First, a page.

Canada Day a time to be grateful

Canada Day a time to be grateful

The sun is shining, and it seems COVID 19 is far away, almost non-existent.

But, of course, we all know that is not true.

We all know different.

COVID 19 is not far away and it is still very much in existence.

But, oh for just a moment in time, it is so easy to pretend.

It is so easy to pretend that the world as we knew it still exists.

School will go back in in September.

College will resume as usual.

People will get colds and high fevers and even feel short of breath.

And they will not have to get tested for a disease that could take their life.

Canada Day this year was different.

I am sure that comes as absolutely no surprise to anyone. In the resort town where I live there were no fireworks, no crowds of people milling around, spilling out of restaurants and bars, anxious to grab the momentary splashing splendor of the nigh sky as their very own.

There was, in fact, none of the usual celebrations.

But, at my house, I was determined to recognize Canada Day somehow, some way.

Being I am a procrastinator and not a planner, most of this recognition went on in my head before I actually went into action.

And so it came to be that I kind of threw a party together of sorts at the last minute. I tried to follow the guidelines, tried to keep the numbers down and tried to push away my own impulsiveness. Usually, I go with the assumption that strangers often become friends on the other side of a good party.

So, I started out small. I invited a couple of people.

They said yes, so I invited a couple more.

They, too, said yes.

And then I thought, “what the heck, it is, a party after all, so I invited a couple more.

They too agreed to come.

Oh, my goodness, I muttered to myself. They are all coming and for supper, too.

Quickly I hosted the mighty Canadian flags my husband, in one of those moments when patriotism trumped common sense, had purchased. They now hung proudly on our back deck where they would stay until felled by a strong wind which I knew was sure to happen.

I then threw together a Canada Day cake decorated with white icing and red smarties and a tiny little flag stuck ceremoniously in the centre with a toothpick.

Taking only a moment to admire my creativity, I pressed on.

Red and white petunias for a table centre, white napkins and red napkin rings and the table looked beautiful.

Supper was kabobs, fresh garden salad and tiny potatoes roasted in the oven. Desert was chocolate cake and strawberries dipped in white chocolate. It was almost delicious, if you like kabobs, slightly blackened from an unattended barbecue that got too hot, too fast.

Oh well, I was happy.

And so, they came. The people. And we laughed and ate and though everyone groaned and said, “no, we do not want to do it, I made each and everyone of them say a grateful thing about being here and being Canadian.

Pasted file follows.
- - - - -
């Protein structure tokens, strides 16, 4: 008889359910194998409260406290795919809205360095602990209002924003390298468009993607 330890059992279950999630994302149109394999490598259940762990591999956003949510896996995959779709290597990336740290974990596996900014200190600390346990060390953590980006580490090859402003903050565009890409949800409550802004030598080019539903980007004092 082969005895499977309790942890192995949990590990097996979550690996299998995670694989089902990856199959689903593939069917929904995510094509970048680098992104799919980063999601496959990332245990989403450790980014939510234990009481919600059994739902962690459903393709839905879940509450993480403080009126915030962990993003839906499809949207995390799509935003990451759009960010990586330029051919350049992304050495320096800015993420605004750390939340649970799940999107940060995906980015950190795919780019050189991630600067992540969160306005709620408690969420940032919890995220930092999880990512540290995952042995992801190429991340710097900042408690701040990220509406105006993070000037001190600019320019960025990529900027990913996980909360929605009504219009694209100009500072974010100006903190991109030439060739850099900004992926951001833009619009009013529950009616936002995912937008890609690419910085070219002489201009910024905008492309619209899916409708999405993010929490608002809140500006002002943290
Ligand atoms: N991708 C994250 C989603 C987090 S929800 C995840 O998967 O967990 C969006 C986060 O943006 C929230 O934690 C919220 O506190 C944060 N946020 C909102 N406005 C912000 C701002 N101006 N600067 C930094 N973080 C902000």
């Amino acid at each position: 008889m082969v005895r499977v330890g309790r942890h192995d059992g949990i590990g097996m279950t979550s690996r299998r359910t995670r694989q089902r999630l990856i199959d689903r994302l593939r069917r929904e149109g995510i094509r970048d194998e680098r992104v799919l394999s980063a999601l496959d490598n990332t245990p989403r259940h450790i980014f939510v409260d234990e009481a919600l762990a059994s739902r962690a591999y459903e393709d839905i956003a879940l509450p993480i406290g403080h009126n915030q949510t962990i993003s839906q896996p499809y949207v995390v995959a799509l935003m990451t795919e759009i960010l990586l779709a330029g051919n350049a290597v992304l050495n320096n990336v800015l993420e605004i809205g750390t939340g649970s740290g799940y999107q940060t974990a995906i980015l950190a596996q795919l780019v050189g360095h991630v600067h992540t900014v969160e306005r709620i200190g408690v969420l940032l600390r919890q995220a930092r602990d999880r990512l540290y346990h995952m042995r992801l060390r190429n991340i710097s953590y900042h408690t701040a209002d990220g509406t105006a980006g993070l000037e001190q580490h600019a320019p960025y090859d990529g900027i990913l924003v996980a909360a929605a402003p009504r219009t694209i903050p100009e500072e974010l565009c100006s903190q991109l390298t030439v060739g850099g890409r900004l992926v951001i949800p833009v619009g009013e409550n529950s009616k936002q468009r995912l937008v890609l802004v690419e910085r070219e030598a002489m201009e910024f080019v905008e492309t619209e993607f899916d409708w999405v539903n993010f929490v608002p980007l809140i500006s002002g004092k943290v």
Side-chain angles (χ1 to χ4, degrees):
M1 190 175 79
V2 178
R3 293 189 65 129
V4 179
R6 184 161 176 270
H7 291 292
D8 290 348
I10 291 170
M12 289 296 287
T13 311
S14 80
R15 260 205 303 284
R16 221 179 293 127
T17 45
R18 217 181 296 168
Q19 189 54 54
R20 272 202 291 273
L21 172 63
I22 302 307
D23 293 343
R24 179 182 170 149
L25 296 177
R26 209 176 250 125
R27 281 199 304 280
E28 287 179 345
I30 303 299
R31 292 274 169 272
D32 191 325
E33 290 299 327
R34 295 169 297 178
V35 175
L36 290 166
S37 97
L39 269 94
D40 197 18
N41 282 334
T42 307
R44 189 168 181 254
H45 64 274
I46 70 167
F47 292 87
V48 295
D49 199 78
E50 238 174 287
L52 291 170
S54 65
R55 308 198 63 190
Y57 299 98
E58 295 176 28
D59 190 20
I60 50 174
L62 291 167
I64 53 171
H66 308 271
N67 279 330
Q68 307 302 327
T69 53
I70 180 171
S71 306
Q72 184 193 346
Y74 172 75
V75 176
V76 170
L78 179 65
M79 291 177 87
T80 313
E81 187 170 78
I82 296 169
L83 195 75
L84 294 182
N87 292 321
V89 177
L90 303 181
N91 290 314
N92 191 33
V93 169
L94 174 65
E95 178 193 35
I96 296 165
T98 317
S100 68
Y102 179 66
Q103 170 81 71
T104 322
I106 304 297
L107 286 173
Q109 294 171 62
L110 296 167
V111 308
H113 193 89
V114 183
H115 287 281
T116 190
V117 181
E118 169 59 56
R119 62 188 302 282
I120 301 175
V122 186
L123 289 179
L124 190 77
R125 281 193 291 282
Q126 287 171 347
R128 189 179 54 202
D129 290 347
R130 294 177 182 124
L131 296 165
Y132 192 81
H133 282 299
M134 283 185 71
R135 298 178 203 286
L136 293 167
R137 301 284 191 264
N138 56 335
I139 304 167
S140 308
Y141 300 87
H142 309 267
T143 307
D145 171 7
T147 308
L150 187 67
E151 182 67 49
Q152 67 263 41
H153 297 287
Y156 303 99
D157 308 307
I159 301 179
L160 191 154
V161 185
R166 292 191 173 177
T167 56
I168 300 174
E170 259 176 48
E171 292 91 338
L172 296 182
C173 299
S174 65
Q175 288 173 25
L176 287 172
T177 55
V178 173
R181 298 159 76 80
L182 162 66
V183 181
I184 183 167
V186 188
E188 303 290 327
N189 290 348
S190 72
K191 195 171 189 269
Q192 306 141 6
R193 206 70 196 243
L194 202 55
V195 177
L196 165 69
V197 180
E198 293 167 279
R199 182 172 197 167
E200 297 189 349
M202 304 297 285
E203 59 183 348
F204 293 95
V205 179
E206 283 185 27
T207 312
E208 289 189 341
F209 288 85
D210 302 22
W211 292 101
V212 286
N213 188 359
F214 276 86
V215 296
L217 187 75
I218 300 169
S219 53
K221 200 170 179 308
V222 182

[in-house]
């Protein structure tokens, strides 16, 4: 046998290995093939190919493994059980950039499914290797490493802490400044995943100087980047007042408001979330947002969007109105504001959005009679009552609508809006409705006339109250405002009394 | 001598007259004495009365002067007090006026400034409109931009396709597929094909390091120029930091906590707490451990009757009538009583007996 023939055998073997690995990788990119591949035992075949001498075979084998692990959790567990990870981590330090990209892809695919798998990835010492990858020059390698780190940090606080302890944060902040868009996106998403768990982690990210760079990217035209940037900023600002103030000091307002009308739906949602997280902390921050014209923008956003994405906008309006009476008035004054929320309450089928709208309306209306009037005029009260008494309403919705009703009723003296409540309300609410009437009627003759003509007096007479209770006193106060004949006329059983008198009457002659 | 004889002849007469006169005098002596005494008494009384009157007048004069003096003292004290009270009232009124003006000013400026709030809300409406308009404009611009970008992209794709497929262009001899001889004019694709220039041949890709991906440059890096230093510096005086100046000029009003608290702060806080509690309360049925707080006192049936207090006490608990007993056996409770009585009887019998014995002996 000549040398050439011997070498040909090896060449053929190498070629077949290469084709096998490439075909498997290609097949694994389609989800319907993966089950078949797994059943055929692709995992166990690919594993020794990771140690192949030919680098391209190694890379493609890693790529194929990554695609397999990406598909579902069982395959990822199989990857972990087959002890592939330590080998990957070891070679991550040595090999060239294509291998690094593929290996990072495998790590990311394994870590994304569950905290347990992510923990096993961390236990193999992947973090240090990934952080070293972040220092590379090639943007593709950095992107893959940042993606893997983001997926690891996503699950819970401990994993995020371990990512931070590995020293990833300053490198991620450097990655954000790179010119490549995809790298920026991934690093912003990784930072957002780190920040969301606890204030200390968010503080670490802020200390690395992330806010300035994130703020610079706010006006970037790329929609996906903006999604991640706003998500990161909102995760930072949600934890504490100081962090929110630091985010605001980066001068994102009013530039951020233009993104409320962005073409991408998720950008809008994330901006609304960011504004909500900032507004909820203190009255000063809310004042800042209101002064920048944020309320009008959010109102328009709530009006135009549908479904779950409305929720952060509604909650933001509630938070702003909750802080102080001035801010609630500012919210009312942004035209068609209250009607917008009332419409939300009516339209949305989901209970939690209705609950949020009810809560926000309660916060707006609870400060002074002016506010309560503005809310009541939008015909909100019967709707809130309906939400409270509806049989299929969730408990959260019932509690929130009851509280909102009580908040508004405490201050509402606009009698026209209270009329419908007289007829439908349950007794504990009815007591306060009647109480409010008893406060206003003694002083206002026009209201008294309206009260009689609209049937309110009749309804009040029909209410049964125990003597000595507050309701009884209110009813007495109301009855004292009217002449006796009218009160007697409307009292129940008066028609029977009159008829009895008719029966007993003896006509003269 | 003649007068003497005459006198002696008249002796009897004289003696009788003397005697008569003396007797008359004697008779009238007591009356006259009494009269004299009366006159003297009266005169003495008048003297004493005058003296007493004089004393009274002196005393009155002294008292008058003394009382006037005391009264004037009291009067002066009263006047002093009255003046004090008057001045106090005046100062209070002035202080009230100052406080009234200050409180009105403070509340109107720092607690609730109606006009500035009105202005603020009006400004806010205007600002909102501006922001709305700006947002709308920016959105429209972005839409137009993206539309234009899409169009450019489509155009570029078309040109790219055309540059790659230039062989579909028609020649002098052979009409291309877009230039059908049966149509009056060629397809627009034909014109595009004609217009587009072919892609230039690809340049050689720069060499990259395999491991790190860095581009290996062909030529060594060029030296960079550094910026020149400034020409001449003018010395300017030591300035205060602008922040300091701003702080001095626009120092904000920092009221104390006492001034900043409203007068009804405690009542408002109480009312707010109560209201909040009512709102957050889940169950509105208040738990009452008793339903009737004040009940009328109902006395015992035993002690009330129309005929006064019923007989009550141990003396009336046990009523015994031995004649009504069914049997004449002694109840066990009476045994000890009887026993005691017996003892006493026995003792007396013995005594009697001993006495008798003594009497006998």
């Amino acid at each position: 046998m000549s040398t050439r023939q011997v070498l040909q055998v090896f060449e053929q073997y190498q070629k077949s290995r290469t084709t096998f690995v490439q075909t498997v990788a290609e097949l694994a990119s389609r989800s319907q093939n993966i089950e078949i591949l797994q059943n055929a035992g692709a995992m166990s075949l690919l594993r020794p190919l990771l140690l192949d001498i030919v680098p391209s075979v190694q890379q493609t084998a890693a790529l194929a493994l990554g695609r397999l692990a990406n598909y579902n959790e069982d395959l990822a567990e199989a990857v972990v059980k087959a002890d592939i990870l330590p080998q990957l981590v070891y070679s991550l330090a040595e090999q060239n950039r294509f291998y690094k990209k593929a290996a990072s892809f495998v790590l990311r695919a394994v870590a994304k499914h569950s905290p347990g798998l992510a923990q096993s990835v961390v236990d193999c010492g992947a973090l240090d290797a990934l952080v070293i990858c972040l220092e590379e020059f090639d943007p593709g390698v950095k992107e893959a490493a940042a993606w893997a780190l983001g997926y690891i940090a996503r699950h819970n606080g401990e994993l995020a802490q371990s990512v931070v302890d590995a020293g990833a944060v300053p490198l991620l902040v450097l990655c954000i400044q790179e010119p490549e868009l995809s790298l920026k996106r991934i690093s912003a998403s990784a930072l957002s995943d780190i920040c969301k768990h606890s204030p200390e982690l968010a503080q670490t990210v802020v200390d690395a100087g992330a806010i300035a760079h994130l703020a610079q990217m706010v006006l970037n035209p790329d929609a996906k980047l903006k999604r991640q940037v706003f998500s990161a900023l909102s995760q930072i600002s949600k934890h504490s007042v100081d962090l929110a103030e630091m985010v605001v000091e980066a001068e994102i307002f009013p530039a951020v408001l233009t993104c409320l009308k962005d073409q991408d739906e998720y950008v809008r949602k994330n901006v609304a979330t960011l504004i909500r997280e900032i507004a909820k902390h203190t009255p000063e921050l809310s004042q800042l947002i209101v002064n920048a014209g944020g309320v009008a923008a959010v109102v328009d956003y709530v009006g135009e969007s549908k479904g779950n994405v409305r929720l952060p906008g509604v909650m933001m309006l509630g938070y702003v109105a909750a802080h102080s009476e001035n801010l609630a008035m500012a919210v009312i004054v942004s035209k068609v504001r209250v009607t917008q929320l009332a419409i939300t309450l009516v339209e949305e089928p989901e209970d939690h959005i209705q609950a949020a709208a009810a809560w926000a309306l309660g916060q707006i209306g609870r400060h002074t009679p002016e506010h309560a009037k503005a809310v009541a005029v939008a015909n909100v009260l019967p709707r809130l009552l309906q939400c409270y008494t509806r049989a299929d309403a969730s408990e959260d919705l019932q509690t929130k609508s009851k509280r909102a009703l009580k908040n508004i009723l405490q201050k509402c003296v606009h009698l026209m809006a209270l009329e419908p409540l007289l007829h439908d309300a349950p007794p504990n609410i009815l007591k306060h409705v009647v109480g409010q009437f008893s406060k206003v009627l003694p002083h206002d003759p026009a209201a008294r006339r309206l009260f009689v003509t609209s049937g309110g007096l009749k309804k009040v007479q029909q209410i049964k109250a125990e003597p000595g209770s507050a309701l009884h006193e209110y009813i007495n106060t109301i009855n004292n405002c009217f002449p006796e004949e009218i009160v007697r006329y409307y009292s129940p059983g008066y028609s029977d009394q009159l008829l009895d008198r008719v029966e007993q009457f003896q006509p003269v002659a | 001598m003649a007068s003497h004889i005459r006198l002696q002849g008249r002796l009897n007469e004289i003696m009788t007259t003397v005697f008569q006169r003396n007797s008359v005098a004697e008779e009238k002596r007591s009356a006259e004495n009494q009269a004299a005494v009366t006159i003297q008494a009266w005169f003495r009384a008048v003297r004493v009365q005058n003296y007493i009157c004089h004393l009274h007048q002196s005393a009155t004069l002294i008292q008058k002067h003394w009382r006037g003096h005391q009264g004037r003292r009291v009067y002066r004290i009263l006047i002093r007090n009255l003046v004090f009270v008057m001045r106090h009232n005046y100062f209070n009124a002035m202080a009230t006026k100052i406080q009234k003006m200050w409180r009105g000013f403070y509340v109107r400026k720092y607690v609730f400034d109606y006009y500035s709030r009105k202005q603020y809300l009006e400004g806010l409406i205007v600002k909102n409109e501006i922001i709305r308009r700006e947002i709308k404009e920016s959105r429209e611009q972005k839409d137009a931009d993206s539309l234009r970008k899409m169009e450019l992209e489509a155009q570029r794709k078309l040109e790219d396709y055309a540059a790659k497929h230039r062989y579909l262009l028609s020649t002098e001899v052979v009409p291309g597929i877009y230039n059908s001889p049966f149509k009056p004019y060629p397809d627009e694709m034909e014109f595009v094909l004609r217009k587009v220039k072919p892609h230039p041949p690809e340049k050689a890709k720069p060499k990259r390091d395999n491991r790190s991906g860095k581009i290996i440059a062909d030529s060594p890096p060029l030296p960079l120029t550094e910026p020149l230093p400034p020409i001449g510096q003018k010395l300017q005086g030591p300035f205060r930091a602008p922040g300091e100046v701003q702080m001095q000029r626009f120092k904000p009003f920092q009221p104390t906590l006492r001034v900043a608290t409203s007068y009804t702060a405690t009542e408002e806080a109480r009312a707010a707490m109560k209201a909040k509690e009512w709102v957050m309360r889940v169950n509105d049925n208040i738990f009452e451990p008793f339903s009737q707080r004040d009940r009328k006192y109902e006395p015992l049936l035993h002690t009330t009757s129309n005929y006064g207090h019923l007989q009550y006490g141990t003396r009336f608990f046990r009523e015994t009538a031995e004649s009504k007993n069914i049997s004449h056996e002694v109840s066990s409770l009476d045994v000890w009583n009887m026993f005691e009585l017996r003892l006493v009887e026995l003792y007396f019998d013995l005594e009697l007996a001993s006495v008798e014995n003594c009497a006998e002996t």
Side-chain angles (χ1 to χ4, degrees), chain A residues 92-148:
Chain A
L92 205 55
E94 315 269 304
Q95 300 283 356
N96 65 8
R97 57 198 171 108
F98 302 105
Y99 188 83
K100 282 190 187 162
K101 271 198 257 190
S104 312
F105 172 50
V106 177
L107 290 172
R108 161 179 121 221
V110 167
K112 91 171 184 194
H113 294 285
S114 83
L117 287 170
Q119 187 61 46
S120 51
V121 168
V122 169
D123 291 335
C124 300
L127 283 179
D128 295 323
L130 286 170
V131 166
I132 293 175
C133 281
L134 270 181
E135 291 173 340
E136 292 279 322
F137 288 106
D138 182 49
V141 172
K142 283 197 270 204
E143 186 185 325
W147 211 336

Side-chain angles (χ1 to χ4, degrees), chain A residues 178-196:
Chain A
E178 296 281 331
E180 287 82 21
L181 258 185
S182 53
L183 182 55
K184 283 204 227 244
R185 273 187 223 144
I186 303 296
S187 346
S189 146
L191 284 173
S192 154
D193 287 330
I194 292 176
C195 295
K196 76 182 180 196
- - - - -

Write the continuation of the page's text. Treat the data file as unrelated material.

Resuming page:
As for me I said, “I am grateful for my friends, so incredibly grateful. Life has not always been so good to me during this time of COVID-19, but each and every set back, each little heartache I’ve had to endure has been just a little easier because I don’t have to travel that road alone.

Oh yeah, and I am grateful to be Canadian, too, I murmured as an afterthought.

Incredibly grateful!

Get local stories you won't find anywhere else right to your inbox.
Sign up here

Just Posted

Canada’s Kennedy to yesterday’s man: former PM John Turner dead at 91

Politicians and other public figures immediately began sharing memories

Community art project will thank front line workers

Red Deerians are painting hearts to say thank you to frontline workers.… Continue reading

Vaping persists amongst Canadian youth

New survey into vaping habits of youth

QUIZ: A celebration of apples

September is the start of the apple harvest

Five things to watch for in the Canadian business world in the coming week

The 2020 Global Business Forum in Banff, Alta., will be held as a special hybrid event

New tools, ideas needed to speed up housing strategy funding, CMHC president says

Slow turnaround time on some of its national housing strategy programs

Letter containing ricin sent to White House may have come from Canada: RCMP

The letter contained ricin, a toxic substance found naturally in castor beans

Nunavut reports first confirmed COVID-19 cases, saying both are mine workers

The territory says at this time, there is no evidence of transmission within site

B.C. migrant, undocumented workers rally for permanent residency program

The pandemic has shown how heavily Canada relies on migrant and undocumented workers

Wetaskiwin RCMP make arrests for Hit and Run to residence

Damage estimates are expected to be in excess of $20,000.

Former prime minister John Turner dead at 91

TORONTO — Former prime minister John Turner, whose odyssey from a “Liberal… Continue reading

Hay’s Daze: Happy to be left out of the picture

Talk about being out of the loop. Head in the sand. Uninformed,… Continue reading

Most Read